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When I try to display a non-existent page on our web site the w3wp.exe process uses 13% cpu and stays at that level. For each additional non-existent page request an additional 13% of the cpu is used. Of course, after several requests the total cpu usage is up to 95-100% and the site becomes unusable.

I kill off the w3wp.exe process and everything goes back to normal. After awhile several random users go to non-existent pages and the cpu goes up to 100% again.

Researching the problem I stumbled across the idea that the web.config httperrors section was locked and potentially causing problems. I and my hosting firm technical staff tried the suggestions in this post: http://forums.iis.net/p/1159721/1912266.aspx. None of these suggestions solved the problem.

I looked at Worker Processe in IIS and that told me nothing.

I looked at Failed Request Tracing and that did not help either.

Obviously, I'm looking for any other suggestions on how to diagnosis and solve this problem.



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Have a look at this blog post. I've actually used Jose Reyes’ ASP.NET Perfecto tool to work out that a Page_Init on X page was being slow due to X. You can only really use this tool though, if you can get remote desktop access to the server - as you need to setup performance counters.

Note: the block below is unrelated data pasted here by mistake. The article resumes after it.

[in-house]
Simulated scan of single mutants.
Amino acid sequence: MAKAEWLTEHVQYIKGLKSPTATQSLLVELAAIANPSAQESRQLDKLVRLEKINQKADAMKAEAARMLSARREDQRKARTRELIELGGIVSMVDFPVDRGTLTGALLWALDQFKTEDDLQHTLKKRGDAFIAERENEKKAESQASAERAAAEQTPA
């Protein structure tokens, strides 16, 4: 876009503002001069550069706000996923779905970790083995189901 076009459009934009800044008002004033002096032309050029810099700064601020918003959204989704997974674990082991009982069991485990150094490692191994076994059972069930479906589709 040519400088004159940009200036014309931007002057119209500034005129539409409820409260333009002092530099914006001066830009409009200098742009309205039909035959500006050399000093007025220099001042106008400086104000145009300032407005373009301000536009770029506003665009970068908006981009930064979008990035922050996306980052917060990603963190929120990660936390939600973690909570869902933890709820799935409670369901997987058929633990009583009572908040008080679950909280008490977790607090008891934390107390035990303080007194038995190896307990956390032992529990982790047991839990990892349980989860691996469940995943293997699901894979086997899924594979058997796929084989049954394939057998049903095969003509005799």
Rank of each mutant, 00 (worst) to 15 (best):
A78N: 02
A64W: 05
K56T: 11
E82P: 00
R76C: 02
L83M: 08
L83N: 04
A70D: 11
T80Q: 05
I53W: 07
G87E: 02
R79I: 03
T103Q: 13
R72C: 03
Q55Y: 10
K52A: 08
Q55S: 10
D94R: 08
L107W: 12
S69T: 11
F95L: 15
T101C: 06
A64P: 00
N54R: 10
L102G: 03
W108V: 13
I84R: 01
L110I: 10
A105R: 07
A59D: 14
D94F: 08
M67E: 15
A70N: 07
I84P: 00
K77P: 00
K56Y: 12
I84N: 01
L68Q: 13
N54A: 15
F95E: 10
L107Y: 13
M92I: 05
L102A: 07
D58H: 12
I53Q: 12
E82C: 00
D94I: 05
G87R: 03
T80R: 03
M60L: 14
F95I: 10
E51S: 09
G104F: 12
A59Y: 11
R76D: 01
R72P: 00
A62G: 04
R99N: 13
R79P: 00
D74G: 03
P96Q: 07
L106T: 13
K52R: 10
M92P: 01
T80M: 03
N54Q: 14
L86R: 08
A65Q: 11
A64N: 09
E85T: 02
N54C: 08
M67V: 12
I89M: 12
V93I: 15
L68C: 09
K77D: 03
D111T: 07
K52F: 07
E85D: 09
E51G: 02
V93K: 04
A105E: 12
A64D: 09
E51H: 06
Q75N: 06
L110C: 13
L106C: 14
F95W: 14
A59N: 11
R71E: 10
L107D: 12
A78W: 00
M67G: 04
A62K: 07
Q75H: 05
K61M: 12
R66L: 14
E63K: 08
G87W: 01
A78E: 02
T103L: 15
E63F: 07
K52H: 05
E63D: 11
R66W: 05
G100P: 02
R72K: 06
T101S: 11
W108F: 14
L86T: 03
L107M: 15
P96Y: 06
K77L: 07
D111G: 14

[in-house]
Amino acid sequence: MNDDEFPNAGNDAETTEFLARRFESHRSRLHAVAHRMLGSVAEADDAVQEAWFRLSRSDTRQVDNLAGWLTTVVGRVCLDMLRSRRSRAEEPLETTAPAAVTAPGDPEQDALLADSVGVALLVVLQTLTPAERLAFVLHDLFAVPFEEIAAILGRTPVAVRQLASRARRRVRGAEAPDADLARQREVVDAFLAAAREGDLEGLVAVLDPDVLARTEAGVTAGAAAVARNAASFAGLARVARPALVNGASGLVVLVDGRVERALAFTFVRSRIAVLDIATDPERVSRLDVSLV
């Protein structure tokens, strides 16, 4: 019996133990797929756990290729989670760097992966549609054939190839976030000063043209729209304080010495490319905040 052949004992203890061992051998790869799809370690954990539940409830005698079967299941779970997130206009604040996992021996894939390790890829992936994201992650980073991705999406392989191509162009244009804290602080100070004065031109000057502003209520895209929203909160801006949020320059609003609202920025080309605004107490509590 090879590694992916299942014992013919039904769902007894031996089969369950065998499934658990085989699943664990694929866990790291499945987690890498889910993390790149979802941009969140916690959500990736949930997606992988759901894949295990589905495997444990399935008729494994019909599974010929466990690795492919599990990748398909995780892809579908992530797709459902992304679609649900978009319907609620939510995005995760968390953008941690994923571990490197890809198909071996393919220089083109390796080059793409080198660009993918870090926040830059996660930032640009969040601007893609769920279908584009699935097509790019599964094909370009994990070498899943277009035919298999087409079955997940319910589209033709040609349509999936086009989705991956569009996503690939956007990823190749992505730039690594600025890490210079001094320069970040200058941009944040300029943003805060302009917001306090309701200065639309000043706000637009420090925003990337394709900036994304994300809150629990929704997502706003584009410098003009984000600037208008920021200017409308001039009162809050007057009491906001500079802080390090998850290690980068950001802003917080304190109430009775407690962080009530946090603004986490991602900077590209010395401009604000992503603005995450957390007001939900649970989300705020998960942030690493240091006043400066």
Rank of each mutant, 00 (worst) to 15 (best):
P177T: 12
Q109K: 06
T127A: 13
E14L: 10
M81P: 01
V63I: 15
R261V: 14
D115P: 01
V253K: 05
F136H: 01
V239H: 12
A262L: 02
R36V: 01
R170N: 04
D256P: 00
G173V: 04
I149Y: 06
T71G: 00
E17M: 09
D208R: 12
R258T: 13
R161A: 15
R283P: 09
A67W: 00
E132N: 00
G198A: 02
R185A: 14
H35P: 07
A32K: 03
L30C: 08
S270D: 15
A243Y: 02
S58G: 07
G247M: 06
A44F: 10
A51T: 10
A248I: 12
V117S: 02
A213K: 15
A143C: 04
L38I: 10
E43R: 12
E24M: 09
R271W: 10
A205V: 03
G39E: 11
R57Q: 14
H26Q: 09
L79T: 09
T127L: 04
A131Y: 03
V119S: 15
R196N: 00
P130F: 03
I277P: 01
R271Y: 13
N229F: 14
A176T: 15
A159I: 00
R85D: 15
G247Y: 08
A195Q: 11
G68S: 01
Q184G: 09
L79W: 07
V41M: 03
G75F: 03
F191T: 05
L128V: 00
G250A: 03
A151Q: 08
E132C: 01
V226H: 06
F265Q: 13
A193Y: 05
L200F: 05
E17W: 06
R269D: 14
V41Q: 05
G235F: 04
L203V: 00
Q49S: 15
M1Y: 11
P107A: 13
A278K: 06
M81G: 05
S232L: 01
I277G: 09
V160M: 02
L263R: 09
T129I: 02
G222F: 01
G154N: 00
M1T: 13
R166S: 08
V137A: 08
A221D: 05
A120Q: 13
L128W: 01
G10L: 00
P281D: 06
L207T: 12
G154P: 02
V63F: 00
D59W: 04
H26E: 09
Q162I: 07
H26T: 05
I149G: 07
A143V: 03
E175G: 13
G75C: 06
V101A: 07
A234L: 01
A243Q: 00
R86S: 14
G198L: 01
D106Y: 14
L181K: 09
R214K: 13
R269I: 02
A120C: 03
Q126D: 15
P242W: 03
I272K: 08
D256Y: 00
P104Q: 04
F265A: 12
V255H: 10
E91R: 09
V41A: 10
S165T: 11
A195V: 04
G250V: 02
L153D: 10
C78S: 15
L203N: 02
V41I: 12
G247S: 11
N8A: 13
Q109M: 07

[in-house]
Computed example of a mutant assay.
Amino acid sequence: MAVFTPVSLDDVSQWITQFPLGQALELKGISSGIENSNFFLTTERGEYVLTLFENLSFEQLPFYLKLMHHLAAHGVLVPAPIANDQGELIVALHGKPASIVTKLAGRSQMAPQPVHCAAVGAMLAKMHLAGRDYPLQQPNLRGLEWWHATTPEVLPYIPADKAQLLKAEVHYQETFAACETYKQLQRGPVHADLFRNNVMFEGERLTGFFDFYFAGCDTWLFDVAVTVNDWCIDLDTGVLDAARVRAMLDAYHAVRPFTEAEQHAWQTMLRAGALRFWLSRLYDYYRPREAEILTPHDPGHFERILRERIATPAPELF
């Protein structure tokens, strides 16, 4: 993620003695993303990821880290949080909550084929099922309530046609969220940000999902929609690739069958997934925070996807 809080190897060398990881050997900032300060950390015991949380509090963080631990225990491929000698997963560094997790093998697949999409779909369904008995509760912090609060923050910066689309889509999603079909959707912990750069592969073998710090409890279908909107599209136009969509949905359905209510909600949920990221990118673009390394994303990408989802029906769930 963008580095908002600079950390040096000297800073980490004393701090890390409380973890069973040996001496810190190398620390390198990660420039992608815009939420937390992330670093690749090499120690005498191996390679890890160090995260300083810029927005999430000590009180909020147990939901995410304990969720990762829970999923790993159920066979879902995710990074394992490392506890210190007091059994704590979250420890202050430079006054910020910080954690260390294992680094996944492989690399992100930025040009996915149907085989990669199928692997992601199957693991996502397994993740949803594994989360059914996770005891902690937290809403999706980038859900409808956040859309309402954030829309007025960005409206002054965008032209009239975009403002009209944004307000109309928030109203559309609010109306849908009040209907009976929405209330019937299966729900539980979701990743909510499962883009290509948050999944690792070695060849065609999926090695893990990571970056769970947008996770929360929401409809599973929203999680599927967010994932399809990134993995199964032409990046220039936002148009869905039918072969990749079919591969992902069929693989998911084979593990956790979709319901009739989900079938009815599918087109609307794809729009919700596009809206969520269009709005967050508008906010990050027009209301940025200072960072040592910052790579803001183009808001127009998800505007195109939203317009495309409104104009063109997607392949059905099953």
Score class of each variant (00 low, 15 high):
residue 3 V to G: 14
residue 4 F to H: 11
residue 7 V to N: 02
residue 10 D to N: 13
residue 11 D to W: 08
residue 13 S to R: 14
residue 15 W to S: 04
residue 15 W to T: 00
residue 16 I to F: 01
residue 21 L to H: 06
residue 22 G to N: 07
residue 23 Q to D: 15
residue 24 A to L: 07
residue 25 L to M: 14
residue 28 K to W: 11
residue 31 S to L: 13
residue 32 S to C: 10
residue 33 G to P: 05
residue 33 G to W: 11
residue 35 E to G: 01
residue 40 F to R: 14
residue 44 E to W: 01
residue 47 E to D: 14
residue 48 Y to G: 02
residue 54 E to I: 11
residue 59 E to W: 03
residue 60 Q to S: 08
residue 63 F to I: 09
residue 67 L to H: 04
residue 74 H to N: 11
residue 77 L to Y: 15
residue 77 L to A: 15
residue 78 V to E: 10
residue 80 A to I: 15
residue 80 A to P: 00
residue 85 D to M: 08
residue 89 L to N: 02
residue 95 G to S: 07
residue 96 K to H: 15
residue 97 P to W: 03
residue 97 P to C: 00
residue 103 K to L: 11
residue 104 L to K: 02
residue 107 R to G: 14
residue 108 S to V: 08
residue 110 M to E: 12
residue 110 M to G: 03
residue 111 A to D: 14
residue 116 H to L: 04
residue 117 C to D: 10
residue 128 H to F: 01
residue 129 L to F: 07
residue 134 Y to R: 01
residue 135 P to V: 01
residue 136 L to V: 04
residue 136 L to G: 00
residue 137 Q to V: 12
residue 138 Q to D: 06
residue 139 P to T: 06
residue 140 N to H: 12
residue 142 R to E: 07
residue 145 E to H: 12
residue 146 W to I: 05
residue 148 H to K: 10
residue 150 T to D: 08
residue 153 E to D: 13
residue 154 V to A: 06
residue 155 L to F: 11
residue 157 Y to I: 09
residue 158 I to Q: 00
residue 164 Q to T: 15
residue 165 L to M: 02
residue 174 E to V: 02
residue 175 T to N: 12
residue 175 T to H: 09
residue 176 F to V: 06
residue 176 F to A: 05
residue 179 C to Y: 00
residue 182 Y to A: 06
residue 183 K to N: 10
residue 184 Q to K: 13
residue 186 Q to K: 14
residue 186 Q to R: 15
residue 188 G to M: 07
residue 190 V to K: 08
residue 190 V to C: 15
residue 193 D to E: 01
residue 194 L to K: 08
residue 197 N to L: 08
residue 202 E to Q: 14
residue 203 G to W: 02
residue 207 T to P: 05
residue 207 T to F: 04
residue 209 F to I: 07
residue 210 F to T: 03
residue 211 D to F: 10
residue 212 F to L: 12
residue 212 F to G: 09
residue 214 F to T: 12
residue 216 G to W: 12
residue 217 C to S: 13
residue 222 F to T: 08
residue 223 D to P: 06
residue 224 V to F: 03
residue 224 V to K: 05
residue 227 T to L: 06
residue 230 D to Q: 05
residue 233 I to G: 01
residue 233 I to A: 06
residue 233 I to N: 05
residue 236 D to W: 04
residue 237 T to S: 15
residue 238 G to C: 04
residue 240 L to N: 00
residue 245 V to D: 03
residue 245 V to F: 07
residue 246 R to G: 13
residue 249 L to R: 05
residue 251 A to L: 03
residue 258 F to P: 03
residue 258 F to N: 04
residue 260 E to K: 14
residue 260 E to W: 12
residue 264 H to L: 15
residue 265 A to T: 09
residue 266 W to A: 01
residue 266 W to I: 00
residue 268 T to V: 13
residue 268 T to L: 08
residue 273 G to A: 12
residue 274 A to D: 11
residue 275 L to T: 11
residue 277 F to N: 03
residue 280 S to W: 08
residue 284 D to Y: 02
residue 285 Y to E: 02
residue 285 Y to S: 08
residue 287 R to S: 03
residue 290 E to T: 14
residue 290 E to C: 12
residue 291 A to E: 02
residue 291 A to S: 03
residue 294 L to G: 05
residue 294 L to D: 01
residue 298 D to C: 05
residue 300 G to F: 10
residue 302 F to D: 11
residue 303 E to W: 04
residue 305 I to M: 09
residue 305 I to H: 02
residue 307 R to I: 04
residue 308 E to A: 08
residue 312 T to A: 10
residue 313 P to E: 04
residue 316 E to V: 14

FREB / Failed Request Tracing (FRT) should also be able to tell you where it's all hanging, although I didn't find it as useful as the above. (Seems you also agree :p).

Also, may sound weird, but if it's a non existant page, I guess these are being handled using Custom Errors / Error Pages? So surely the page can't be that intensive! In any case, FREB/FRT should be able to you if that IS the case.

There's also the PerfView Tool, which I haven't personally used, but is apparently quite nifty.


share|improve this answer
Ian, FRT shows W3wp calling AspNetMapHandleEnter but never leaving when I surf to a non-existent page. Someone suggested getting the SubStatus code but I could not find one in the FRT logs. – CoolBreeze Apr 17 '12 at 22:03
So you never see a AspNetMapHandlerLeave ? That's not that useful really anyway - the part that is useful is what module it's hanging on. If you just expand all on the Complete Request Trace, you should be able to find your hanging handler and see what module it's hanging on. Then you can start properly debugging :-) – ianbailey Apr 18 '12 at 9:26

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